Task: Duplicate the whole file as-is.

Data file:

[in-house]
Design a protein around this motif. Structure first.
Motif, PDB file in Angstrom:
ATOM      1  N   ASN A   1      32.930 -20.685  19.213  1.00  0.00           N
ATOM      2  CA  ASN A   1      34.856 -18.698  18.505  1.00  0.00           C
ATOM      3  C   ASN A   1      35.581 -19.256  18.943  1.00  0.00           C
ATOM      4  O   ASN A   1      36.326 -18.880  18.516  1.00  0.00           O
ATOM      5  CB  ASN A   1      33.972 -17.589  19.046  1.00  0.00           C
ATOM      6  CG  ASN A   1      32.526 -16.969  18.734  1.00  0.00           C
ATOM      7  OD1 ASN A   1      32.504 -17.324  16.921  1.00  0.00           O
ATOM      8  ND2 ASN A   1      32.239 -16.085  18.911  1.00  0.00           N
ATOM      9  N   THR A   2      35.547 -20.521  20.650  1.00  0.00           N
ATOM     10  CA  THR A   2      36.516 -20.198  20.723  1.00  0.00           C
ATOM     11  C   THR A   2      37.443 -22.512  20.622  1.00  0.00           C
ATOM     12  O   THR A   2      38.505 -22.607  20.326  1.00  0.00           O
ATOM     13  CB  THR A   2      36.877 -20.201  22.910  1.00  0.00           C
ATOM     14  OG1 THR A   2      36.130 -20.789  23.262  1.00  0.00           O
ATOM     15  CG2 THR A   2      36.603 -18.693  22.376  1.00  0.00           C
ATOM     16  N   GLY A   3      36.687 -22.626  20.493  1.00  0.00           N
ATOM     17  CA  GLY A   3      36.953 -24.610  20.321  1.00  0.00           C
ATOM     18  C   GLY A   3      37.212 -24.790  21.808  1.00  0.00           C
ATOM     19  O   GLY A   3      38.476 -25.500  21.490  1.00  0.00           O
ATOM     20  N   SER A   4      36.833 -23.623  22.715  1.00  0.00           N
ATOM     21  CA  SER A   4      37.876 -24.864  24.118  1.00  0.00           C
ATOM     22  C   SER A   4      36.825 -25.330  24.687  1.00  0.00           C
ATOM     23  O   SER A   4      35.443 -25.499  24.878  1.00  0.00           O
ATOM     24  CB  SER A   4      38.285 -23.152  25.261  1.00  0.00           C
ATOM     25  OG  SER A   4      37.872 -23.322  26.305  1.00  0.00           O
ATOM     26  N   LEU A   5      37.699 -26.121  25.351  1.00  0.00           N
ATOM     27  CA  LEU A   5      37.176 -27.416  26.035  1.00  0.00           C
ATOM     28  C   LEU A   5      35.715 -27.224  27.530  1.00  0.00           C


[in-house]
Design a protein around this motif. Structure first.
Motif, PDB file in Angstrom:
ATOM      1  N   ASN A   1      32.930 -20.685  19.213  1.00  0.00           N
ATOM      2  CA  ASN A   1      34.856 -18.698  18.505  1.00  0.00           C
ATOM      3  C   ASN A   1      35.581 -19.256  18.943  1.00  0.00           C
ATOM      4  O   ASN A   1      36.326 -18.880  18.516  1.00  0.00           O
ATOM      5  CB  ASN A   1      33.972 -17.589  19.046  1.00  0.00           C
ATOM      6  CG  ASN A   1      32.526 -16.969  18.734  1.00  0.00           C
ATOM      7  OD1 ASN A   1      32.504 -17.324  16.921  1.00  0.00           O
ATOM      8  ND2 ASN A   1      32.239 -16.085  18.911  1.00  0.00           N
ATOM      9  N   THR A   2      35.547 -20.521  20.650  1.00  0.00           N
ATOM     10  CA  THR A   2      36.516 -20.198  20.723  1.00  0.00           C
ATOM     11  C   THR A   2      37.443 -22.512  20.622  1.00  0.00           C
ATOM     12  O   THR A   2      38.505 -22.607  20.326  1.00  0.00           O
ATOM     13  CB  THR A   2      36.877 -20.201  22.910  1.00  0.00           C
ATOM     14  OG1 THR A   2      36.130 -20.789  23.262  1.00  0.00           O
ATOM     15  CG2 THR A   2      36.603 -18.693  22.376  1.00  0.00           C
ATOM     16  N   GLY A   3      36.687 -22.626  20.493  1.00  0.00           N
ATOM     17  CA  GLY A   3      36.953 -24.610  20.321  1.00  0.00           C
ATOM     18  C   GLY A   3      37.212 -24.790  21.808  1.00  0.00           C
ATOM     19  O   GLY A   3      38.476 -25.500  21.490  1.00  0.00           O
ATOM     20  N   SER A   4      36.833 -23.623  22.715  1.00  0.00           N
ATOM     21  CA  SER A   4      37.876 -24.864  24.118  1.00  0.00           C
ATOM     22  C   SER A   4      36.825 -25.330  24.687  1.00  0.00           C
ATOM     23  O   SER A   4      35.443 -25.499  24.878  1.00  0.00           O
ATOM     24  CB  SER A   4      38.285 -23.152  25.261  1.00  0.00           C
ATOM     25  OG  SER A   4      37.872 -23.322  26.305  1.00  0.00           O
ATOM     26  N   LEU A   5      37.699 -26.121  25.351  1.00  0.00           N
ATOM     27  CA  LEU A   5      37.176 -27.416  26.035  1.00  0.00           C
ATOM     28  C   LEU A   5      35.715 -27.224  27.530  1.00  0.00           C